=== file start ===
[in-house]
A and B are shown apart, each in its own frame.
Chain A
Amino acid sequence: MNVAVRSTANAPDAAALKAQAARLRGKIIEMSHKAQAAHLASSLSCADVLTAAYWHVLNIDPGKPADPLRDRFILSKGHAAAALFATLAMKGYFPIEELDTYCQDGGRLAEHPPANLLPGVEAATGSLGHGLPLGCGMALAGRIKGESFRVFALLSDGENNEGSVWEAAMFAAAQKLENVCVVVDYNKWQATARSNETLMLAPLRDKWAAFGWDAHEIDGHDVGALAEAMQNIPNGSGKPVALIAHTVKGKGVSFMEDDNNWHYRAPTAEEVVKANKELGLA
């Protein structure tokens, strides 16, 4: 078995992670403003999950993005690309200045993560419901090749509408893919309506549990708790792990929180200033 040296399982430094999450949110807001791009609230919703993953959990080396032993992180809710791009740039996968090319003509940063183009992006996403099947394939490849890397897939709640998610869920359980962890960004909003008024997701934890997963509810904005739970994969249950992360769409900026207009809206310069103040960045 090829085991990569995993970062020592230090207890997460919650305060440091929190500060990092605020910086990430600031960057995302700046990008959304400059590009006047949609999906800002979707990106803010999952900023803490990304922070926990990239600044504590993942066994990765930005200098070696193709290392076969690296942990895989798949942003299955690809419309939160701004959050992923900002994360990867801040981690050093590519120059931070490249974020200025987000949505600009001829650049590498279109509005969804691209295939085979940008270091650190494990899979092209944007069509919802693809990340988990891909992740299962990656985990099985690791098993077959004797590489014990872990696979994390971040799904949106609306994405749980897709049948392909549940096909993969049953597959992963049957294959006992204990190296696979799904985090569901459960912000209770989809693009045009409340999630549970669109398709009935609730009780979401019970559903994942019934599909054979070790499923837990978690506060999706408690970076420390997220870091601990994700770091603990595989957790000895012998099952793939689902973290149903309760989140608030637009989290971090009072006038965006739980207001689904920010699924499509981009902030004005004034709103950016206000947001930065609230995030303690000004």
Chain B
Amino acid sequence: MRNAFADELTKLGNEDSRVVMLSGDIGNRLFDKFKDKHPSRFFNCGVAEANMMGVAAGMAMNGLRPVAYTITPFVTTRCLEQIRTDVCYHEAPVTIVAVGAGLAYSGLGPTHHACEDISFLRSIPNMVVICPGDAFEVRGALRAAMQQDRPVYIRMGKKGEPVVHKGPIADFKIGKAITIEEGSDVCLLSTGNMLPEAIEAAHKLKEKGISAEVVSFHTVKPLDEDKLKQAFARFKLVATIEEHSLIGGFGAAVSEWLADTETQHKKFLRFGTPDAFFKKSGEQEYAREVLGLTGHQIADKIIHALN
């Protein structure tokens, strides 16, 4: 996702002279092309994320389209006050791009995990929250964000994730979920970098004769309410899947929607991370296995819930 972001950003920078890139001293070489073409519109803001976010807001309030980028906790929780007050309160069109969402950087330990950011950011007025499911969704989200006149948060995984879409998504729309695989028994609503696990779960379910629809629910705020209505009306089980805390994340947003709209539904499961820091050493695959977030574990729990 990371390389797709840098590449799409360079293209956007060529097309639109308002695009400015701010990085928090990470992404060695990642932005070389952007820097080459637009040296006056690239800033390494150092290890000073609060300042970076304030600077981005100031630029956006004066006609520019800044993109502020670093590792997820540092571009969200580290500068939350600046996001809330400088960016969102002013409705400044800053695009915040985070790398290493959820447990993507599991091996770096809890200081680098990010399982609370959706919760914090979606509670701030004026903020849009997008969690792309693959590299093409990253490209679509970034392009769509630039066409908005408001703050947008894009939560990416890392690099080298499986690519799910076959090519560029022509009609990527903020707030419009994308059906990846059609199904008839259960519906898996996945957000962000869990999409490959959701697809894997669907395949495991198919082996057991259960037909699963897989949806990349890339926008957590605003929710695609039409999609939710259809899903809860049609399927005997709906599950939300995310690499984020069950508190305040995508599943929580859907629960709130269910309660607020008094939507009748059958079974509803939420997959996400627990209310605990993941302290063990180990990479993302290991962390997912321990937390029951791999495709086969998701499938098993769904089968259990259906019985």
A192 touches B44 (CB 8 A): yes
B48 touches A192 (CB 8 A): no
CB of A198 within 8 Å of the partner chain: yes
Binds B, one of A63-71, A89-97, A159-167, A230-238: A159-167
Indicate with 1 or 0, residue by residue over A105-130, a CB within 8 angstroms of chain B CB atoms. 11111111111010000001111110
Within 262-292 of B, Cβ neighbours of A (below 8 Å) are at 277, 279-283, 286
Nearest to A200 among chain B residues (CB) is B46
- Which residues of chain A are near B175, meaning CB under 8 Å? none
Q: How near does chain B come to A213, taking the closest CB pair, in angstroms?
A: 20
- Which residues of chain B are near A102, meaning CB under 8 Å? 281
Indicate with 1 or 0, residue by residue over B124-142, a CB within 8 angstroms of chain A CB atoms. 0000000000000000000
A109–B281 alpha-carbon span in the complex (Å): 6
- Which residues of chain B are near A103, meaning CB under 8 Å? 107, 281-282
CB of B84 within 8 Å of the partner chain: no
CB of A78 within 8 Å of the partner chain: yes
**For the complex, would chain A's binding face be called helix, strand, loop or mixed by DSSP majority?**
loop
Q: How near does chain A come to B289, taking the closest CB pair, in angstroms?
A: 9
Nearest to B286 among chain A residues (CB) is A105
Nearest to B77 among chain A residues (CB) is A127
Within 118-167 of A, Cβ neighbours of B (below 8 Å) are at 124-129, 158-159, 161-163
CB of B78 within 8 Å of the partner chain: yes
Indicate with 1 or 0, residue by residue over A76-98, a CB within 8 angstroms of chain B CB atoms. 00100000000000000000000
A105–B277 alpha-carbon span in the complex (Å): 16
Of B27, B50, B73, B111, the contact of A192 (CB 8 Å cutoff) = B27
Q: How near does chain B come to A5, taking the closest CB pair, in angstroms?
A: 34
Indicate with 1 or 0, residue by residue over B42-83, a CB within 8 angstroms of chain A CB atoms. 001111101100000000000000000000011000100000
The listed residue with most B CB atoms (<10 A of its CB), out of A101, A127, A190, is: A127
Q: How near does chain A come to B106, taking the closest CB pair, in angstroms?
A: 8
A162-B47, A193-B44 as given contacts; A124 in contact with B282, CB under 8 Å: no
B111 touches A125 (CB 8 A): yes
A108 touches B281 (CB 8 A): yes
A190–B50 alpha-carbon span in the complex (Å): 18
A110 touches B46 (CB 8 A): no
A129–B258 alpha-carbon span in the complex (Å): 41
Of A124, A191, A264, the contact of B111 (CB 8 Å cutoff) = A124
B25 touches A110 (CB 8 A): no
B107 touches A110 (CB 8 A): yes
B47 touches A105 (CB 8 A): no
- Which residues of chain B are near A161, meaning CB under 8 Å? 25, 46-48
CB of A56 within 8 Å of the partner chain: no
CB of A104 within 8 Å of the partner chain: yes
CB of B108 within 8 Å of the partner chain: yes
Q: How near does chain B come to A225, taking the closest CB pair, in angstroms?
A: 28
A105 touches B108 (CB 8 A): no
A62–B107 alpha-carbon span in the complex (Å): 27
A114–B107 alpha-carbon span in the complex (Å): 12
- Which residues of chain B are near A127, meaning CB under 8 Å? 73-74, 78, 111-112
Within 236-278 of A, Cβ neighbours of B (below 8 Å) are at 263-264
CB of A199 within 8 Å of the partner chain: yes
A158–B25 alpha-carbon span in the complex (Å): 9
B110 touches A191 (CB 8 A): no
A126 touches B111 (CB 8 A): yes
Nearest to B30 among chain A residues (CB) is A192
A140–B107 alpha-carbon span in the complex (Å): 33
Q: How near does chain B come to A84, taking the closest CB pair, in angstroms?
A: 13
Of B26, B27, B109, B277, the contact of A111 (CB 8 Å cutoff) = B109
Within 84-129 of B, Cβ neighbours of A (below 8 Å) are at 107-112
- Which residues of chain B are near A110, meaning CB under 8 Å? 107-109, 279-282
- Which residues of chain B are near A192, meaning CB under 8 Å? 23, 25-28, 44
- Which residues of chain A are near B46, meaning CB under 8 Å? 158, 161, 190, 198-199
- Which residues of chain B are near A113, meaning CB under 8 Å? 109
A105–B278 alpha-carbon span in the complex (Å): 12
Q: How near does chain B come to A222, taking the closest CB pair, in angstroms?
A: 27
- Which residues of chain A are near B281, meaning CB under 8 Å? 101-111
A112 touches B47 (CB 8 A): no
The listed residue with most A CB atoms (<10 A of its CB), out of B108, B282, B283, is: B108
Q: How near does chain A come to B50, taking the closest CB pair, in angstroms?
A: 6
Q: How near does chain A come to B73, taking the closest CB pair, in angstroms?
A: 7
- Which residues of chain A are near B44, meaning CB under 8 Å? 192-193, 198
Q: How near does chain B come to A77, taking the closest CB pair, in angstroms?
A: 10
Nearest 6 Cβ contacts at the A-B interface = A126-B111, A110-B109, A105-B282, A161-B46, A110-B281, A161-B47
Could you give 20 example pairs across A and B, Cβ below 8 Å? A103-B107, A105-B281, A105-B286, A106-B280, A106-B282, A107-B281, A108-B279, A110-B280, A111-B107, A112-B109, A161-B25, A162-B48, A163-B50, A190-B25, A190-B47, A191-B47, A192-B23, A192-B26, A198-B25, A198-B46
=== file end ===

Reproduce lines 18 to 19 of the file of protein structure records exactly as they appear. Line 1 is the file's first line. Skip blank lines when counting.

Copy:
A: 20
- Which residues of chain B are near A102, meaning CB under 8 Å? 281